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Ron rushton

Ron Rushton

Real Name: Ronald L. Rushton
Aliases: Ron Rushton
Wanted For: Fraud and Escape
Missing Since: November 10, 1988

CaseEdit

Details: Forty-five-year-old Ron Rushton is wanted for swindling homeowners via a fraudulent real estate firm that would acquire title and supposedly retire the full mortgage for participants. Rushton advertised that he could help people whose real estate was in danger of foreclosure by acquiring the properties and assuming their mortgage payments.
Two victims of his scheme were Harriet and Jim Roberts, who lived in San Diego. In 1985, Harriet discovered that she had cancer. Around the same time, Jim was laid off. As a result, they were unable to afford their payments on their house. In desperation, they turned to Rushton's company that specialized in real estate law. At the time, the company held title to over $30 million in real estate.
Harriet learned about the company through its newspaper advertisements. One of Rushton's firms assumed title to their home, and the Roberts had to pay a reduced monthly rental payment to Rushton. He then promised to make the full mortgage payments to the bank. Harriet was worried that the company was not legitimate, but he assured her otherwise. After signing over her mortgage, she was elated. She had saved her credit rating and was still able to make her medical payments. Furthermore, they were able to stay in their home.
Six months later, Harriet received a surprise visit from representatives of the bank that held her mortgage. They received foreclosure papers and were told to leave their home within three days. Rushton had apparently not paid their mortgages. She tried to contact the foreclosure services, but was unsuccessful. Three days later, she and Jim had to leave their home and move into an apartment in the low-income district.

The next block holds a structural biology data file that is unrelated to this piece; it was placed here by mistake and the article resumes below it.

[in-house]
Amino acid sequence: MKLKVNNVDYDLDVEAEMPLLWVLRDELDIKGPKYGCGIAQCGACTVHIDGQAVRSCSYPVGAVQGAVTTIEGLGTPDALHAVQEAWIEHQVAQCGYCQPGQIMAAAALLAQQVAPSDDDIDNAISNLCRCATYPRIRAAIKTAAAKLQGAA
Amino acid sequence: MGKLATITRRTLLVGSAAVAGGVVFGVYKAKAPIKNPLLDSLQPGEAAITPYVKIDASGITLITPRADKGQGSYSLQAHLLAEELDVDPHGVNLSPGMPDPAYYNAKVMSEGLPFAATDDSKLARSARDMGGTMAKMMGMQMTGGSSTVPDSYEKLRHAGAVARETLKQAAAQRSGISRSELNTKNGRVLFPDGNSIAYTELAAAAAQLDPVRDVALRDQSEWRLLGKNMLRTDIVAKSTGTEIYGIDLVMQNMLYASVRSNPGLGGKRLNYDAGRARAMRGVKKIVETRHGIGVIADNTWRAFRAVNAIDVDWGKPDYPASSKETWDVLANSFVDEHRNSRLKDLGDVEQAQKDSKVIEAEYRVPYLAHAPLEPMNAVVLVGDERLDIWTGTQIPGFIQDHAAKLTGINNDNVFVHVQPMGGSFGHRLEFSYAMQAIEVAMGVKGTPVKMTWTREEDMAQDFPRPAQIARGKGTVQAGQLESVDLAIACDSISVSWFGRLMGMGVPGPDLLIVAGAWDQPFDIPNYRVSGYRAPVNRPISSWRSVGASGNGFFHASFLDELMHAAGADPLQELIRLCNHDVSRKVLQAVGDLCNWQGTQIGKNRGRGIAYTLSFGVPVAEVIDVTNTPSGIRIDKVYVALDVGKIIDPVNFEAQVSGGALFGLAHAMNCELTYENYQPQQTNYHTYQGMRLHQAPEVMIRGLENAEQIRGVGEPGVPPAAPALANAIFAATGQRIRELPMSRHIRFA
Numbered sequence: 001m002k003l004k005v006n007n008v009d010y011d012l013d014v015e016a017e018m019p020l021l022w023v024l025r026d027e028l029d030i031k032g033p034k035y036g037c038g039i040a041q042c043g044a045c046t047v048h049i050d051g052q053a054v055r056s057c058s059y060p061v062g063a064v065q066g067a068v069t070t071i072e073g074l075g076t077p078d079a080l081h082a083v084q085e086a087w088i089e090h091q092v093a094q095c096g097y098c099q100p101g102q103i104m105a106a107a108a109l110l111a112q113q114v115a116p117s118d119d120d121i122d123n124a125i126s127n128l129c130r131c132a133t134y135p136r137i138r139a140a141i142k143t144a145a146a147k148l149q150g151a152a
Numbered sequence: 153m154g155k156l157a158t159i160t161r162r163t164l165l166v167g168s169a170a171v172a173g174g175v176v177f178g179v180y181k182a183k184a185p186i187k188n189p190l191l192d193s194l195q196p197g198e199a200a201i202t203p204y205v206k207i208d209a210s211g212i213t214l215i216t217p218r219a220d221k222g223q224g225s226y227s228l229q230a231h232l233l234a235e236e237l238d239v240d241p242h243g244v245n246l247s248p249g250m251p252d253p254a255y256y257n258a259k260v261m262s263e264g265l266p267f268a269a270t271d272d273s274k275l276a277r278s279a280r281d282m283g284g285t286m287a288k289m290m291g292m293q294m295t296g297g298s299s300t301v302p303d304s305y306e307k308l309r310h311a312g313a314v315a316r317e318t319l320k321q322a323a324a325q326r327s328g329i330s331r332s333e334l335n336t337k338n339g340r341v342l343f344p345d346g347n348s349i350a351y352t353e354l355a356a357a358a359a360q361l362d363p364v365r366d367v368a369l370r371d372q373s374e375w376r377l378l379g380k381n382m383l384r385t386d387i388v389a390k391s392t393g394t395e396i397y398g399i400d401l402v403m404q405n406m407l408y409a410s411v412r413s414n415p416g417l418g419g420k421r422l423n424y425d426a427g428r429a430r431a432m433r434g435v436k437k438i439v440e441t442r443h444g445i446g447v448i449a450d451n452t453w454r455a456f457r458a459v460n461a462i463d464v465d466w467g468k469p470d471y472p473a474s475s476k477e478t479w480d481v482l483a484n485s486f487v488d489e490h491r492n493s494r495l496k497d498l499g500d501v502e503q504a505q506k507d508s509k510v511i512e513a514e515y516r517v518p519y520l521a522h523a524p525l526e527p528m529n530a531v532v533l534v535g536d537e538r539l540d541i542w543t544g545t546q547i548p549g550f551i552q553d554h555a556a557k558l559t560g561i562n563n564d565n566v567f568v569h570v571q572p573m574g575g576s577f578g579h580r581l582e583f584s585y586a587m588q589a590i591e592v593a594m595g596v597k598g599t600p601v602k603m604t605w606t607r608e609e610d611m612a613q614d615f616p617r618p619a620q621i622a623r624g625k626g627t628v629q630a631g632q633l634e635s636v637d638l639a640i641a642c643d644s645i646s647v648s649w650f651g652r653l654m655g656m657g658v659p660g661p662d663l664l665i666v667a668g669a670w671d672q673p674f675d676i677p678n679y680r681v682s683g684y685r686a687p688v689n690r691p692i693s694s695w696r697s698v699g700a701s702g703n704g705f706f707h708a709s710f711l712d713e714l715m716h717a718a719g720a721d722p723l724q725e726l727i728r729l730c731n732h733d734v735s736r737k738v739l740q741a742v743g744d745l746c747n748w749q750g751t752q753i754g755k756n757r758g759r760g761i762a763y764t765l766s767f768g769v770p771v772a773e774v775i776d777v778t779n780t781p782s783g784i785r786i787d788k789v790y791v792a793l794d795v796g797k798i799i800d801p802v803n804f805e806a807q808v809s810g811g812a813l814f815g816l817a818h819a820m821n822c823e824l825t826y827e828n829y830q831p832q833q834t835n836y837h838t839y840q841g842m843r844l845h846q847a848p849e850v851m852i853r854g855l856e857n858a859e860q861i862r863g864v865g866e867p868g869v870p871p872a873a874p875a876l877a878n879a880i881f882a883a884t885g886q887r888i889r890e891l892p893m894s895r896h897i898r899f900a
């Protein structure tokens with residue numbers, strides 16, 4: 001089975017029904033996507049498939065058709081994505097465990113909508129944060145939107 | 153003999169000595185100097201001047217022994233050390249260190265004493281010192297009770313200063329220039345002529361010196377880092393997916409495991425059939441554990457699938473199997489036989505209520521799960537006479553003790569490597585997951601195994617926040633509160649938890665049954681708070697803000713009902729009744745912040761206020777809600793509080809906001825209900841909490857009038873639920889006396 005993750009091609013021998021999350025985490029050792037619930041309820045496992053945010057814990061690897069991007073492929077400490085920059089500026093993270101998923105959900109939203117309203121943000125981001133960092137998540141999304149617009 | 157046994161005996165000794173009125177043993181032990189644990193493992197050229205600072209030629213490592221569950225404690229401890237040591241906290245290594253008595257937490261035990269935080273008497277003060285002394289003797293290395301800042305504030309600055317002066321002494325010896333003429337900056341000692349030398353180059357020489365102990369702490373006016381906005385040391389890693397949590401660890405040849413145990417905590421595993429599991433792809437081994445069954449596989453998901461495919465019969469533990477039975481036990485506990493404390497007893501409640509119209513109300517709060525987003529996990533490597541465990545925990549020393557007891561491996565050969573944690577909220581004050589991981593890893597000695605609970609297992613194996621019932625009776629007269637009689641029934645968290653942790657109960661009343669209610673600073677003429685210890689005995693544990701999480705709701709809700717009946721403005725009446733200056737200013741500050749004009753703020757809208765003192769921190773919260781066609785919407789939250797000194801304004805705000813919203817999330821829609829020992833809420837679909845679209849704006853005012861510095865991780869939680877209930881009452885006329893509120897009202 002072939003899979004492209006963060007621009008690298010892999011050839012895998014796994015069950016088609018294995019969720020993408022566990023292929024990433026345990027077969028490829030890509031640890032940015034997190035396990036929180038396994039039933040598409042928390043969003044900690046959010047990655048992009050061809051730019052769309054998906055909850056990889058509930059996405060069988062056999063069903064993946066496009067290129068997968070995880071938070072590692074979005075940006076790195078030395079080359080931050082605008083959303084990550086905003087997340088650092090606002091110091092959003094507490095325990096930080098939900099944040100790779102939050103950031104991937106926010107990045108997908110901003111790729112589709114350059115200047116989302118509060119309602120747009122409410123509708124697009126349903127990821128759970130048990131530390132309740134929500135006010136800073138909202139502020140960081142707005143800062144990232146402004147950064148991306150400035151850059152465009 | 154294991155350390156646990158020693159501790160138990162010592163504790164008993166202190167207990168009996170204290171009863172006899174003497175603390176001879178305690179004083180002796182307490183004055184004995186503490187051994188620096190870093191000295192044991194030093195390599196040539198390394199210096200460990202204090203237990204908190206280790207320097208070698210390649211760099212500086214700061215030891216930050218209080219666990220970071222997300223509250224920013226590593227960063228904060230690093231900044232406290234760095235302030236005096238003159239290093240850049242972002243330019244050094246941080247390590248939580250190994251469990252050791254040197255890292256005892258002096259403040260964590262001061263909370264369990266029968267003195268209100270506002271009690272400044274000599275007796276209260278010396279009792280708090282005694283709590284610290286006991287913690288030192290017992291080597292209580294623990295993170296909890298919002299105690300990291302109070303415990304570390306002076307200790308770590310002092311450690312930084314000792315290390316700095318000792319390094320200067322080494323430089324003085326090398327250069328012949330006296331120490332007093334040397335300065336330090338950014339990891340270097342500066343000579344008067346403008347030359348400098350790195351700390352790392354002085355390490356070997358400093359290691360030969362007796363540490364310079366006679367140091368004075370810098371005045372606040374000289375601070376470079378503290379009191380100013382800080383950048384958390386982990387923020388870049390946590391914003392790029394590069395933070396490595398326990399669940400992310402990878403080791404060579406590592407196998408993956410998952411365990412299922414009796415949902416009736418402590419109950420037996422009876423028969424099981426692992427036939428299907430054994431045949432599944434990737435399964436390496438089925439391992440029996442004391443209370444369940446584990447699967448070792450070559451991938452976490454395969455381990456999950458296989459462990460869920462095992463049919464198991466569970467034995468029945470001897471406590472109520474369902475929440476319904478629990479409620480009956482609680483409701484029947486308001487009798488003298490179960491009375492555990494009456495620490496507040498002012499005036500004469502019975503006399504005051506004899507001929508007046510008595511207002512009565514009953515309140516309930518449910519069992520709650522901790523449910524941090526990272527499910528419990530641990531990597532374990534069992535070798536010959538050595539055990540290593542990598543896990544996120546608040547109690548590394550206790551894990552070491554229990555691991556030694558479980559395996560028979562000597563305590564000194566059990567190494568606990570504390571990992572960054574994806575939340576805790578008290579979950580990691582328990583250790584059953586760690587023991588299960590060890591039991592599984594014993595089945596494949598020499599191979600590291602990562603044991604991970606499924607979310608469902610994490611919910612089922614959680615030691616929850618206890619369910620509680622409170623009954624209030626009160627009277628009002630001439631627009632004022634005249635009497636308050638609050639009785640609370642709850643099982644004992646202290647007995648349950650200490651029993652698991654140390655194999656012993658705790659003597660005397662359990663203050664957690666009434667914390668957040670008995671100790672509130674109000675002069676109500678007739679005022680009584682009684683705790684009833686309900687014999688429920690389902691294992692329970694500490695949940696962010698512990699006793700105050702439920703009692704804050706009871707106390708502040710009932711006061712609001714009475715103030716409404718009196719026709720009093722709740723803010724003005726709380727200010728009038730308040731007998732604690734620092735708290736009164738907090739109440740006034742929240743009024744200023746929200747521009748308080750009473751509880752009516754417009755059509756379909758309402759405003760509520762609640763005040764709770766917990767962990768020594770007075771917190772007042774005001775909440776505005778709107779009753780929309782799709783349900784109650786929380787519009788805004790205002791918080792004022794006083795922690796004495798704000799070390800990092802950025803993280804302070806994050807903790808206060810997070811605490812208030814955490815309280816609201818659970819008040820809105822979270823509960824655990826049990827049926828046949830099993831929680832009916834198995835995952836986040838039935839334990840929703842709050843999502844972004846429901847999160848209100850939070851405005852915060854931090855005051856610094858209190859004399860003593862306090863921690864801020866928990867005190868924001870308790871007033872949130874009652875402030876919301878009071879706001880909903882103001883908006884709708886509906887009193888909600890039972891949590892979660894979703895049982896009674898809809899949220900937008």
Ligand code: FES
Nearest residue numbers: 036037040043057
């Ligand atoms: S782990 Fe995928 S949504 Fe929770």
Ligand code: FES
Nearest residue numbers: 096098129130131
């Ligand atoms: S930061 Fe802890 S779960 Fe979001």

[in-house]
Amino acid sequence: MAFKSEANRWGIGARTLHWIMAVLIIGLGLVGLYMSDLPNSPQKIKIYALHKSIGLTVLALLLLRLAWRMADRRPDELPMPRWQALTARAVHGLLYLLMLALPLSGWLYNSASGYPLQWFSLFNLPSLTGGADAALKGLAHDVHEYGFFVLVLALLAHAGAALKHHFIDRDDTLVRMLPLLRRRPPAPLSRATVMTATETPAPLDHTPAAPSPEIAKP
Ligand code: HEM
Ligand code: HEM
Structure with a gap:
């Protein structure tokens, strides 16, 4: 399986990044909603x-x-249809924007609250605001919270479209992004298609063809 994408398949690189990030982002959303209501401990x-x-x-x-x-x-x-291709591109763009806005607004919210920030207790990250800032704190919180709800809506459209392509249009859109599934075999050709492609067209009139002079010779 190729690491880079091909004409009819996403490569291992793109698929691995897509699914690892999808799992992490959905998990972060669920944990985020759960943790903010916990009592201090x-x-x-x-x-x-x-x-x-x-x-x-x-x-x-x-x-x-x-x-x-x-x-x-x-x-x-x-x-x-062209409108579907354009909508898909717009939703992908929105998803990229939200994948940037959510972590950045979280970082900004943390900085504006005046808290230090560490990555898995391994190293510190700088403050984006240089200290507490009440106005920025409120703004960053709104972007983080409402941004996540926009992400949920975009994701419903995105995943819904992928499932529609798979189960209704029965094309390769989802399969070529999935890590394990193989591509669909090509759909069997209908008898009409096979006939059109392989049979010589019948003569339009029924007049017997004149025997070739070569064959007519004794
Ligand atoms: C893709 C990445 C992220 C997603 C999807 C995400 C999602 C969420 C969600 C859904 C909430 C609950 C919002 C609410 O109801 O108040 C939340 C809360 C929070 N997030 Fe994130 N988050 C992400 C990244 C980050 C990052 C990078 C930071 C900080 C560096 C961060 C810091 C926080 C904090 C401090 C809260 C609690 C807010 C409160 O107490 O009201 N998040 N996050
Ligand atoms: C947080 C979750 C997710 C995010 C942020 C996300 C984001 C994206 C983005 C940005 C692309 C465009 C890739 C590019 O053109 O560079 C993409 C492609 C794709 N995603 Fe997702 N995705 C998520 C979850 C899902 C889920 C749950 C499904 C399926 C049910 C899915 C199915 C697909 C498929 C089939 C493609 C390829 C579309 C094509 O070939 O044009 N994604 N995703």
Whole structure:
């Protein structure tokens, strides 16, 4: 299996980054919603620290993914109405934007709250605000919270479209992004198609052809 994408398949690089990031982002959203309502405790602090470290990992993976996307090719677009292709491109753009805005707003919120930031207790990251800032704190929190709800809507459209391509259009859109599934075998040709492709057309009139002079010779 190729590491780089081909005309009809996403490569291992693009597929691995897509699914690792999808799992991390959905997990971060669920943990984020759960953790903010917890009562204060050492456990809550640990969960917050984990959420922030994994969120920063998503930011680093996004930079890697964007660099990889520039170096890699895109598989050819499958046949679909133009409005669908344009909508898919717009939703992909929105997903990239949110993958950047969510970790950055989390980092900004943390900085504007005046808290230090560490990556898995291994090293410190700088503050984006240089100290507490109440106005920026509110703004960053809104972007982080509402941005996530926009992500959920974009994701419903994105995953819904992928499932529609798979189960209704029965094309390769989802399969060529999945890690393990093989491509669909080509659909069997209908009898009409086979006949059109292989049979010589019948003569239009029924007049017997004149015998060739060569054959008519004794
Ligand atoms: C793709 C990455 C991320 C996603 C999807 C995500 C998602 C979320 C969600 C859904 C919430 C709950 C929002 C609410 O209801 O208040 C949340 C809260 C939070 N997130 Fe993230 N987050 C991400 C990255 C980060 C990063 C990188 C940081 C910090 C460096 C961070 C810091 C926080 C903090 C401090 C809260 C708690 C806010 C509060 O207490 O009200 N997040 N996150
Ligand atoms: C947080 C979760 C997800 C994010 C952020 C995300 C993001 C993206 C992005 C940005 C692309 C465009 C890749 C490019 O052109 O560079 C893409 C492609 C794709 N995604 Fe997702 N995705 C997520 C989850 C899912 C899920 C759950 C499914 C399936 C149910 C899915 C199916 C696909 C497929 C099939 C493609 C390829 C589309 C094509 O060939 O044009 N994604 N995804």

After receiving several complaints about Rushton's business practices, bankruptcy trustee Tom Tucker was called in to investigate. In June of 1985, Rushton's businesses were seized. Tucker discovered that in almost every case, Rushton had assumed the loans, collected the rent money, and skillfully avoided making any of his promise payments to the banks. As a result, he accumulated an illegal fortune.
A former employee recalled that at the peak of operation, the gross income ranged from $100,000 to $130,000 per month. This was from the rents on the properties. Instead of helping their customers, they were taking advantage of the situation.
Shortly after the takeover, Rushton left town. With him, he carried an unknown quantity of cash. Since Tucker's audit was still in progress, no charges were filed at the time. He fled to Reno, Nevada, where he began a lucrative credit card scam under many different assumed names. In December of 1987, the scam was uncovered and he was arrested. He pleaded guilty and was sentenced to six years in prison. However, he escaped from a minimum security prison in Boron, California in November of 1988 and has not been seen since.
Extra Notes: This case first aired on the April 26, 1989 episode.
Results: Captured. In San Francisco, an anonymous tip led investigators to stake out two low-rent motels. Rushton was arrested and taken to San Diego, where he stood trial for fraud and escape. He was sentenced to 110 years imprisonment. In addition, using records from his scam operation, Rushton was ordered to make restitution to all whom he had swindled. However, due to his low savings and limited means of legal income, the restitution is ongoing and seems unlikely it will be repaid in full.
Rushton was released from prison in 1994.
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